No artist feels the most misunderstood than nothing, nowhere. A tranquil home of heavy emo-rockers, nothing, nowhere is a fiery companion we all need every once in a while.
please taste my pain.
When ruiner officially dropped in the spring of 2018, Joseph Edward Mulherin, better known as nothing, nowhere was a musical phenomenon. An outsider deep in the burrowing pits of emo-rock and escapist punk, Mulherin was brought in to the inner circle, his emotive rapping interlaced over trap beats were captive to an equally emotive audience. The feeling of escapism tripled in size when Trauma Factory dropped in late-2021. An impactful record with a conceptual memory behind it all – human life is a trauma factory. This time, Mulherin had more than just words to his arsenal. TF brought a brazen figure of drum lashings and fierce guitar chords along with his ever-reliable trap beats woven into ‘contemporary’ rap.
Trauma Factory took nothing, nowhere to new heights. From surprise-bedroom artist to highly-spirited emo vocalist with a commendable roster to boot, he was on the warpath for making history. Now, into the sixth year of his compendium, comes Void Eternal, a lusting for the final nail in the coffin. Bleary-eyed heavy rock, teetering on the surface of heavy metal itself.
Void Eternal sees nothing, nowhere take a leaf out of the likes of Linkin Park’s wad of emporiums, as he dissects heartfelt lyrical wisdom into emphatic punky-spirited rap-rock. TRAG3DY is a screechy cry-out for hope, as the echoic sirens blare into vocal screeching, a trait seen in repertoire from the likes of Underoath and Static Dress. Less so in nothing, nowhere‘s work. Good job he has them on hand for both FORTUNE_TELLER and VEN0M then, two songs equally emotively powerful than the last.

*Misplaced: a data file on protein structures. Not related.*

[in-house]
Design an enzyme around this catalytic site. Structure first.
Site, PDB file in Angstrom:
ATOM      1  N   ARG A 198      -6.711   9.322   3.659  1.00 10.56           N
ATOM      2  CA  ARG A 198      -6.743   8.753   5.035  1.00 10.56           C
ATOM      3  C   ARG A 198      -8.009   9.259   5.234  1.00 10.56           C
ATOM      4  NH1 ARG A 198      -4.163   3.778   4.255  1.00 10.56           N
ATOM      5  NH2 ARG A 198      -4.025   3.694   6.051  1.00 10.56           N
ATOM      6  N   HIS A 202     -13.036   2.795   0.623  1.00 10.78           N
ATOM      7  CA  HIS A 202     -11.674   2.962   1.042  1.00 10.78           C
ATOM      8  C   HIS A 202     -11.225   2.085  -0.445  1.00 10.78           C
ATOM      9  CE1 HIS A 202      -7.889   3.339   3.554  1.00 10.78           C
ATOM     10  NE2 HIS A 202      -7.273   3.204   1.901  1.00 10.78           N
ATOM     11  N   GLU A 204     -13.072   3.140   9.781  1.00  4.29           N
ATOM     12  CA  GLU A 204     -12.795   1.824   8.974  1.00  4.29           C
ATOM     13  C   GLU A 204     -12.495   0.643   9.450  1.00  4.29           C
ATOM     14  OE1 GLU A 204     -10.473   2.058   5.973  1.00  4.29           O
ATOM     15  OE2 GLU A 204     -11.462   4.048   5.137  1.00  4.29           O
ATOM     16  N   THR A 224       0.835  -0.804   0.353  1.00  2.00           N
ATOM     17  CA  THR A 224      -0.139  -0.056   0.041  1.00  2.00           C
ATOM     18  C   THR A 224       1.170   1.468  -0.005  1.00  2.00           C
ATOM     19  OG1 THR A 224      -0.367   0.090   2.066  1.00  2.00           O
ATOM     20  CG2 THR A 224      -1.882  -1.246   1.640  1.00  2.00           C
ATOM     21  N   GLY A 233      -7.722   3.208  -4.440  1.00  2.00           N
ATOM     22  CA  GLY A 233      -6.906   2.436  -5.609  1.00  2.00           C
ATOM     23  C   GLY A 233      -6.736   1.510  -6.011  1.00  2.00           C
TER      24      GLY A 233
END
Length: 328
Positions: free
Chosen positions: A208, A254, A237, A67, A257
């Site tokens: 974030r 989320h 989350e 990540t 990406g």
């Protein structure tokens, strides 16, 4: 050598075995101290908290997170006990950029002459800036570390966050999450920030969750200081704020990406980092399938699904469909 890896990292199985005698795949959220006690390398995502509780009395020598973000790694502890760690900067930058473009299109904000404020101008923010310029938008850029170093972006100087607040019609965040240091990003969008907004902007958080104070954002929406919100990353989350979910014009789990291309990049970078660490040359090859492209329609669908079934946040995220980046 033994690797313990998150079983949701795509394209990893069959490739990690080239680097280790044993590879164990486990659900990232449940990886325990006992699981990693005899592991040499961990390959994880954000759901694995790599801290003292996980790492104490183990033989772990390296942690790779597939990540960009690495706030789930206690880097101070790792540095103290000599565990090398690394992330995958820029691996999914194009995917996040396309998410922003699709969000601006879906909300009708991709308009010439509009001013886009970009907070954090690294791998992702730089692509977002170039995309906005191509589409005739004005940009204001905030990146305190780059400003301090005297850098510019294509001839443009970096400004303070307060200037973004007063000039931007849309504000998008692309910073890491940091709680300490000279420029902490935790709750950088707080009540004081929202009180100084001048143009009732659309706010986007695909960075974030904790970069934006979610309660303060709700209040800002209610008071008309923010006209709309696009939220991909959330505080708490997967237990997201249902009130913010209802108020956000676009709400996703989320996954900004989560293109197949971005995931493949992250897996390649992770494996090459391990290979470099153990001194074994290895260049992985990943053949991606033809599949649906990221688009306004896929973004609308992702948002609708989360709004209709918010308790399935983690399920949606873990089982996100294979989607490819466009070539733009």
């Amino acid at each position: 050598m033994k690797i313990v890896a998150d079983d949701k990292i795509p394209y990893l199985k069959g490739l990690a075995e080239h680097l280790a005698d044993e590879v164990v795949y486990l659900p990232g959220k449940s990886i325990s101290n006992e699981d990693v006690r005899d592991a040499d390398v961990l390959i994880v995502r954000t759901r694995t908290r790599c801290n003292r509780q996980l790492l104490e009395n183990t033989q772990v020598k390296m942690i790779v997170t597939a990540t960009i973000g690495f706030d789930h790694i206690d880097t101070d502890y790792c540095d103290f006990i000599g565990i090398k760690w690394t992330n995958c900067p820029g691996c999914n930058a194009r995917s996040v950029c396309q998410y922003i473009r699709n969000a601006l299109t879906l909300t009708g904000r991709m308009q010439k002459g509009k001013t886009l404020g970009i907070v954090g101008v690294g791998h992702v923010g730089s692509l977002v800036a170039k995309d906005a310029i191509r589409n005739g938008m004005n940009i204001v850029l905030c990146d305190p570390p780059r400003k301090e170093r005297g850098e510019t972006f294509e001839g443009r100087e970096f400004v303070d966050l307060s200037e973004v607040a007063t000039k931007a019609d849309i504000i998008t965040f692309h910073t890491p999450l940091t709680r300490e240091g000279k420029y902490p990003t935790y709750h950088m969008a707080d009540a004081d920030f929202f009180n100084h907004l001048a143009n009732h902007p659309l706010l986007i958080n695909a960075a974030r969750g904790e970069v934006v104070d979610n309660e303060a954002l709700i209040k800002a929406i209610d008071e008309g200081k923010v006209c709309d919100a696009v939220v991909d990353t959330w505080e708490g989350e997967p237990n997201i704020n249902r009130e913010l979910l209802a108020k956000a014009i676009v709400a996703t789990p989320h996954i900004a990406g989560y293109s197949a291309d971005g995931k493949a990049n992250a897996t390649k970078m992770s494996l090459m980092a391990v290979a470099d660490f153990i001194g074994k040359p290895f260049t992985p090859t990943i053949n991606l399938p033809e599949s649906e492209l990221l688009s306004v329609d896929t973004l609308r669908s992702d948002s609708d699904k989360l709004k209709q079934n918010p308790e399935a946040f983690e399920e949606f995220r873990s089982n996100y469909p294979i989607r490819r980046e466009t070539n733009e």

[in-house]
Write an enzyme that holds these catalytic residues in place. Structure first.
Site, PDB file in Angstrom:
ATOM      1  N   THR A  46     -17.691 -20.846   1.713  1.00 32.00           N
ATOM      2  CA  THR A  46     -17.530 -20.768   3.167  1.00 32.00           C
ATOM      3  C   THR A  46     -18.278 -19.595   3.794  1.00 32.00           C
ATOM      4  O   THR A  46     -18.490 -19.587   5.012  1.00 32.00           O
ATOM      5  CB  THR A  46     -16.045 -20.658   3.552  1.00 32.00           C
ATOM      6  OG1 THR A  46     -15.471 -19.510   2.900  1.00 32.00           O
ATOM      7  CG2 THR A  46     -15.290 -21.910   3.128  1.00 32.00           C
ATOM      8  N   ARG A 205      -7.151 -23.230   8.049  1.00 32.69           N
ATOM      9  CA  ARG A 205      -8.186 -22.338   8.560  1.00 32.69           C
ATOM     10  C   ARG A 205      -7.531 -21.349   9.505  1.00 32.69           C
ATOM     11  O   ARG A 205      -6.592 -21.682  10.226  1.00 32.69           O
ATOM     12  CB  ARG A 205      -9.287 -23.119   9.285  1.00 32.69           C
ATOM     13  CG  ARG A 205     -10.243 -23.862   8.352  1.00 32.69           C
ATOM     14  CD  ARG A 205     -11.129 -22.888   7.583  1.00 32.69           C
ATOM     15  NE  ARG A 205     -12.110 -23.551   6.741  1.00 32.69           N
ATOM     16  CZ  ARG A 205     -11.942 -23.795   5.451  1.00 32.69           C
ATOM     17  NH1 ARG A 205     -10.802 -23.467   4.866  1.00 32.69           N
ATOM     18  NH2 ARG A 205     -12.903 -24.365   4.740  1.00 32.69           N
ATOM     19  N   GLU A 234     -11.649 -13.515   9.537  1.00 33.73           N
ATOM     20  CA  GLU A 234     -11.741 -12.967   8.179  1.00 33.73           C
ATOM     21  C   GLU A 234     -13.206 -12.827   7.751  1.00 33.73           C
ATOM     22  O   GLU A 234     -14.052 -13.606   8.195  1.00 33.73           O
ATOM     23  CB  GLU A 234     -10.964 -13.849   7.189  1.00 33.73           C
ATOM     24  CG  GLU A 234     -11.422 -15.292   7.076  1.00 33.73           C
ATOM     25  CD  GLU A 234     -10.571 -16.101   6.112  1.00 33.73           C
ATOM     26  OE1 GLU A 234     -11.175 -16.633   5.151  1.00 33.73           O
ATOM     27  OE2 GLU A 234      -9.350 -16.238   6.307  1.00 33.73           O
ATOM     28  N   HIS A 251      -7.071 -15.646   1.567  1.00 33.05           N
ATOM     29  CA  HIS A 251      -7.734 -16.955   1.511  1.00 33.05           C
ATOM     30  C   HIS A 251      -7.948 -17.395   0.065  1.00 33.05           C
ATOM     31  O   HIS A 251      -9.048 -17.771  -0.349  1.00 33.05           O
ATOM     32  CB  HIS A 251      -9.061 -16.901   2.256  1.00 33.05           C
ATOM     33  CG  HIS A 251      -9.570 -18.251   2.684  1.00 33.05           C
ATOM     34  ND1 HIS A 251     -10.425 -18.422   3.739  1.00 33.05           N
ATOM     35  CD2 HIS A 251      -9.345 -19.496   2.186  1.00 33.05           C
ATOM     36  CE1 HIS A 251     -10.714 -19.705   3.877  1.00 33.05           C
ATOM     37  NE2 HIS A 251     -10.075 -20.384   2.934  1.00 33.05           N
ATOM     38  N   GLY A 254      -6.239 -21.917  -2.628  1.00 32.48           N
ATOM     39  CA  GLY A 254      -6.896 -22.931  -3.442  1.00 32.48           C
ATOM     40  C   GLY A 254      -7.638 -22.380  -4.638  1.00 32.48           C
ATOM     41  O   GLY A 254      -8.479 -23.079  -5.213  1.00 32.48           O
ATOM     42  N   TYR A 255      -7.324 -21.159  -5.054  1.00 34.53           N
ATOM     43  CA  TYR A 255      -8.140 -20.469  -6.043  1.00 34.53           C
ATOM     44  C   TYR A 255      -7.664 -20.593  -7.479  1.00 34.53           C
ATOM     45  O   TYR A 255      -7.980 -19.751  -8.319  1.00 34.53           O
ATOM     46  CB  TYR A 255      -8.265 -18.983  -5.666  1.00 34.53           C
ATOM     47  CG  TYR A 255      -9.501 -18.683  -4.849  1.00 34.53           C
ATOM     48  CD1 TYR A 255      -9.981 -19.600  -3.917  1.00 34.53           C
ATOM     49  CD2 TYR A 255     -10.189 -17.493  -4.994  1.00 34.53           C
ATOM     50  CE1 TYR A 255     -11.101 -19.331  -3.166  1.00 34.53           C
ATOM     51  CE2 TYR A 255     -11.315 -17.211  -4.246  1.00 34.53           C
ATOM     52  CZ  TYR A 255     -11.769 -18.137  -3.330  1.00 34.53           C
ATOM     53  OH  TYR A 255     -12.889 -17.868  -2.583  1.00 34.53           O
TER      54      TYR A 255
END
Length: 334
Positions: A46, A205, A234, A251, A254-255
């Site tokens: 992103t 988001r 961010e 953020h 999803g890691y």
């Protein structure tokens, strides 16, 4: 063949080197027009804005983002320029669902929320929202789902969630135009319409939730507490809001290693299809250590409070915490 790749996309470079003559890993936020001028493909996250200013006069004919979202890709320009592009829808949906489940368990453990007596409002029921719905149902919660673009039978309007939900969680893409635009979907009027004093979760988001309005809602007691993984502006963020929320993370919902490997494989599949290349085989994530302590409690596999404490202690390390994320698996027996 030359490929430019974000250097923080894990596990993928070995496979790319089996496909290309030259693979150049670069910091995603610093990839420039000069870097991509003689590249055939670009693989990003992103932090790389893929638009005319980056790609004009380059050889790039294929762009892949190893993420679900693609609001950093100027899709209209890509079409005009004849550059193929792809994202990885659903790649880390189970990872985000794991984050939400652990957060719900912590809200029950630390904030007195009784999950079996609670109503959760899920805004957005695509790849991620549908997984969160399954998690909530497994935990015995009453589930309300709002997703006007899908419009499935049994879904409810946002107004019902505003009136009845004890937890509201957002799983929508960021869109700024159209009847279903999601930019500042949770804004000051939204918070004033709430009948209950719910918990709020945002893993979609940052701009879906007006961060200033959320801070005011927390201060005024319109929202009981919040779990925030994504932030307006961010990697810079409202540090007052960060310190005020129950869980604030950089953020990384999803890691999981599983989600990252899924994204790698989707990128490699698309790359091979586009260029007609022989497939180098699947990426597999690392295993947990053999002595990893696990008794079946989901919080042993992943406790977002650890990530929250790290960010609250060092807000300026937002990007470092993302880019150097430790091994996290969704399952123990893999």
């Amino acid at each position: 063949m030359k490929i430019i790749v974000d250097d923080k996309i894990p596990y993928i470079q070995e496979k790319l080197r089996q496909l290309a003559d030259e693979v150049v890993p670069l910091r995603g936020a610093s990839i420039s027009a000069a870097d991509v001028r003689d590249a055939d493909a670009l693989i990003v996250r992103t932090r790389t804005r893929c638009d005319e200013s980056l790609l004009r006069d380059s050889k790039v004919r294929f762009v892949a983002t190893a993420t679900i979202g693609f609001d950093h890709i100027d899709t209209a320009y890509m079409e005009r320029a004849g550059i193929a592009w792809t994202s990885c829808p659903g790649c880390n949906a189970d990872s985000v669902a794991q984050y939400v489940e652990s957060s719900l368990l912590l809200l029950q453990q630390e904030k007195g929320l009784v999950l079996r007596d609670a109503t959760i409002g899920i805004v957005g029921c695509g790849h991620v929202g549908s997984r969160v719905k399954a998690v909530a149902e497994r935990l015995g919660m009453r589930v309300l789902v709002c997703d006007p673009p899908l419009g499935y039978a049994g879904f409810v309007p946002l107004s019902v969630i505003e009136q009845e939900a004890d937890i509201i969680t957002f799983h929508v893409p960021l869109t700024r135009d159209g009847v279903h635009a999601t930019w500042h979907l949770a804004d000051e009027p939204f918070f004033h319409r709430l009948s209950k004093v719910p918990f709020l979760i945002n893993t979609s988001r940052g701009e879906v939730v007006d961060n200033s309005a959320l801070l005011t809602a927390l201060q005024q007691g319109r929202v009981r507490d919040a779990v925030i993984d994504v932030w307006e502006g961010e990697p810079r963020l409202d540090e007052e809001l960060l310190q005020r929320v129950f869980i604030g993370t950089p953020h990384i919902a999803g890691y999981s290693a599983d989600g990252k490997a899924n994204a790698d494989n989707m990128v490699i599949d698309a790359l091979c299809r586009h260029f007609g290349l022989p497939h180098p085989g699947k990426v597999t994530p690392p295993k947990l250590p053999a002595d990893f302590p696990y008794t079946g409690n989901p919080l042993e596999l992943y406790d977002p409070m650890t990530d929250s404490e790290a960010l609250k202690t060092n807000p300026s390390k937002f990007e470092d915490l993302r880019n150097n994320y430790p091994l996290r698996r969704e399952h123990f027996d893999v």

Pete Wentz’s CYAN1DE has tropes of nothing, nowhere’s new fleshed-outlier style, aggressive rap vocals wrapped up in a confetti chorus of streaking guitar alarms and four-to-the-floor drums, as Mulherin screeches, “I want to watch you burn alive, I want to be your cyanide.”
The album doesn’t let you bat your eyes away even for a fleeting moment as we end with sorrowful MEMORY_FRACTURE, a willingness to forget painful memories. It may be borderline emo-rock that may have had its fair minute in the sun; but we always need a reliable companion in the ears to scream out at with.
Some say it’s full-on, some say it’s over the top, I reckon it’s a emotion at its best.
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